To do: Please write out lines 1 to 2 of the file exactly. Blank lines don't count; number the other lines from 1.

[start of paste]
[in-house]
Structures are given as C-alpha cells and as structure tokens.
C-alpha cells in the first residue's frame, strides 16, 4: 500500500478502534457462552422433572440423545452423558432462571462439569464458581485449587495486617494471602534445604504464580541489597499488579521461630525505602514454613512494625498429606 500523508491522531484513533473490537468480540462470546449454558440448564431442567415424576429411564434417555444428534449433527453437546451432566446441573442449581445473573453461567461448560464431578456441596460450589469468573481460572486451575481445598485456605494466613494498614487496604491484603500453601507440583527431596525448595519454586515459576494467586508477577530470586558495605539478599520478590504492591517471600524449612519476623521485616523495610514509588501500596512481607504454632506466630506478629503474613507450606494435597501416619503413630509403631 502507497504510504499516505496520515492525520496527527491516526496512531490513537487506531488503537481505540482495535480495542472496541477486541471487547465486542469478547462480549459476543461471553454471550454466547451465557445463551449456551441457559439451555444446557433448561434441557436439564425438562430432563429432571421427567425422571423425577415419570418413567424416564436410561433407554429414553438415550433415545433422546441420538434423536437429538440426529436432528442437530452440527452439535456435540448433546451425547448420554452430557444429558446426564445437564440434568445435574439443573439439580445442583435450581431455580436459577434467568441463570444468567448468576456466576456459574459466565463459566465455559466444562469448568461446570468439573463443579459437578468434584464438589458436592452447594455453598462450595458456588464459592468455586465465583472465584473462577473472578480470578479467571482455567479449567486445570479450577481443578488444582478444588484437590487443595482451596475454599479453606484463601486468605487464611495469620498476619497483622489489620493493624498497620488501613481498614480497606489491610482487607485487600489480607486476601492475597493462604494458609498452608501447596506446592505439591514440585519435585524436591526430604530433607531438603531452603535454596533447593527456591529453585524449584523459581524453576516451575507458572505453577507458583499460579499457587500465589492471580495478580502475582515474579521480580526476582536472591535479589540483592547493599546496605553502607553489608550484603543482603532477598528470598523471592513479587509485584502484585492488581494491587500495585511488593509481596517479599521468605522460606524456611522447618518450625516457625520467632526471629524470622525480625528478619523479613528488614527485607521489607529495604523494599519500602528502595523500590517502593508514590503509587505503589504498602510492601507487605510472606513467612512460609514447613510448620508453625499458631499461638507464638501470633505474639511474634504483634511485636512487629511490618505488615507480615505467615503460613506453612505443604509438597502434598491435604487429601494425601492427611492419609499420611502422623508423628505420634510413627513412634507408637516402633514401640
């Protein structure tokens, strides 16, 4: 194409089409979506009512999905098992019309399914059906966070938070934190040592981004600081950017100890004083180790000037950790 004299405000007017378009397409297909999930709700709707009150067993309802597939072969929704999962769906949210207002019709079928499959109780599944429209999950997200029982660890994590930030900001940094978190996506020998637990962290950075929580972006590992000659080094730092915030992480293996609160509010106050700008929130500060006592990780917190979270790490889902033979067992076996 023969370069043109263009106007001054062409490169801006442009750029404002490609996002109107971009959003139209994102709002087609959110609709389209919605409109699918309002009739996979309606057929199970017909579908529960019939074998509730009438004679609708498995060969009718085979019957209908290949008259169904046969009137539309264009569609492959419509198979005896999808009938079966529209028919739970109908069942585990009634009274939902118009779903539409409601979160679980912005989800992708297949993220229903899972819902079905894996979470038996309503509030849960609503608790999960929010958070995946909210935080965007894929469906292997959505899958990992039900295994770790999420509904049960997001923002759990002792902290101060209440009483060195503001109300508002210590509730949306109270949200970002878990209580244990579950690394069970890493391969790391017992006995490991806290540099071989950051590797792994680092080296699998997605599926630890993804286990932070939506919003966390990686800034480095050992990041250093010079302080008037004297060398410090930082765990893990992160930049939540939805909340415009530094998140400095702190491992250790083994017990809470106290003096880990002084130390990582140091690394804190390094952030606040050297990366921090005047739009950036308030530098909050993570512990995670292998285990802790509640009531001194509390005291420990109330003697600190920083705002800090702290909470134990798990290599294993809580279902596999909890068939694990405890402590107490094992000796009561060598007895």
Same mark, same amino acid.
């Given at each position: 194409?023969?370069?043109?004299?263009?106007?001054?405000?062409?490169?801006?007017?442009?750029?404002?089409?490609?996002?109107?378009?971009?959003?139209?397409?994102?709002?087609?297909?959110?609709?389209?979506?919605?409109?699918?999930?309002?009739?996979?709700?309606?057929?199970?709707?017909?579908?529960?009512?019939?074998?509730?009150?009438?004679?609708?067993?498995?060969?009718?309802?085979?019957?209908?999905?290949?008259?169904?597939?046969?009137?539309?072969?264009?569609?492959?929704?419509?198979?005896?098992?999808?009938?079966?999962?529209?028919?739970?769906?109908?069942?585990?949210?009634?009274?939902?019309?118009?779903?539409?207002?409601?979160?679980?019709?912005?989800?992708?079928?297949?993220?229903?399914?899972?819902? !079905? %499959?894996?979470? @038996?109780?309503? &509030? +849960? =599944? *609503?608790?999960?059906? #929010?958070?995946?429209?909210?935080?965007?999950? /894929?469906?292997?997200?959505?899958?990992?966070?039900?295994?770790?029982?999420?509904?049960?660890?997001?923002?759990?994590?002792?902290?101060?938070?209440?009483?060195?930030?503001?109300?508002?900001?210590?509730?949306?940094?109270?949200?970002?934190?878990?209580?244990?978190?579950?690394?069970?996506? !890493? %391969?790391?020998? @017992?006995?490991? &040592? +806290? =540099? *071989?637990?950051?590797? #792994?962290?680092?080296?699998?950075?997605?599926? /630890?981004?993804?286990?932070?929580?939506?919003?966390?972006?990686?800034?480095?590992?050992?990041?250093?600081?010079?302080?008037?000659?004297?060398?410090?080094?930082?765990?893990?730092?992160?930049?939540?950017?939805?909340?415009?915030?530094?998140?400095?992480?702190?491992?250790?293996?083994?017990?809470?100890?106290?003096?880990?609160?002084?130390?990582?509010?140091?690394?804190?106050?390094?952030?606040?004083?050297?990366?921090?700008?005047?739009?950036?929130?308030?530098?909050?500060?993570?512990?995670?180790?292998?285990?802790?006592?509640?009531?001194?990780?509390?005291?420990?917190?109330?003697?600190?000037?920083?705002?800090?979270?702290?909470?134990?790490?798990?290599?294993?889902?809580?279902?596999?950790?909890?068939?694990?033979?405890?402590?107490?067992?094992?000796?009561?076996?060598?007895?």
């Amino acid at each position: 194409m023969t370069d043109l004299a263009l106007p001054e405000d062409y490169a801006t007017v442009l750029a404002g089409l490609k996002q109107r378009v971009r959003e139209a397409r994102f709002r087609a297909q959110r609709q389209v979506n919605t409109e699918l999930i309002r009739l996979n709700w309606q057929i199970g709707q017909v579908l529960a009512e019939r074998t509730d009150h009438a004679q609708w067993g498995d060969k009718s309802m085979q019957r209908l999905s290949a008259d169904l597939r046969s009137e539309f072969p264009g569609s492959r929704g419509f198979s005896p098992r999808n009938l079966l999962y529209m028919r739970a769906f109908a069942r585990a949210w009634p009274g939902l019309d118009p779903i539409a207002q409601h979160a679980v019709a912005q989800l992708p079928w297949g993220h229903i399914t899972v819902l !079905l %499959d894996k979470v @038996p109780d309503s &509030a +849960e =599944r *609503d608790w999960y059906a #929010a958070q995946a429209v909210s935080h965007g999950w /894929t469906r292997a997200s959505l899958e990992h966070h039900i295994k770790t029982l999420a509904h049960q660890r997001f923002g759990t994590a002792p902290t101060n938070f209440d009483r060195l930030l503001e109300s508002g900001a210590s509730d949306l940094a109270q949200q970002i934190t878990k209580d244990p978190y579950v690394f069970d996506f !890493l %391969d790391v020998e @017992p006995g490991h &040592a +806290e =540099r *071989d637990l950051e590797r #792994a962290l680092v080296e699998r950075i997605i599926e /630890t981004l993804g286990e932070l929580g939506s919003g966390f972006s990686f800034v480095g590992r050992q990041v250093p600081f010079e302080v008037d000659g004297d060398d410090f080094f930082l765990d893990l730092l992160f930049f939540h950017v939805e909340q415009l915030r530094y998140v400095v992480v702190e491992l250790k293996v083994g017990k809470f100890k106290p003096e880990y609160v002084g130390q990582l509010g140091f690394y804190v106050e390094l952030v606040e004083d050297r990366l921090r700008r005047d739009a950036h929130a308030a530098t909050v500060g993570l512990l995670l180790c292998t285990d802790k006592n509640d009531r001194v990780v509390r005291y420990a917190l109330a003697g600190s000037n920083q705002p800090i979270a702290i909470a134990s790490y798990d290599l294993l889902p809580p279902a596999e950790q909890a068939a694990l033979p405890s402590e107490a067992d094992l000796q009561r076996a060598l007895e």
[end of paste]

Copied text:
[in-house]
Structures are given as C-alpha cells and as structure tokens.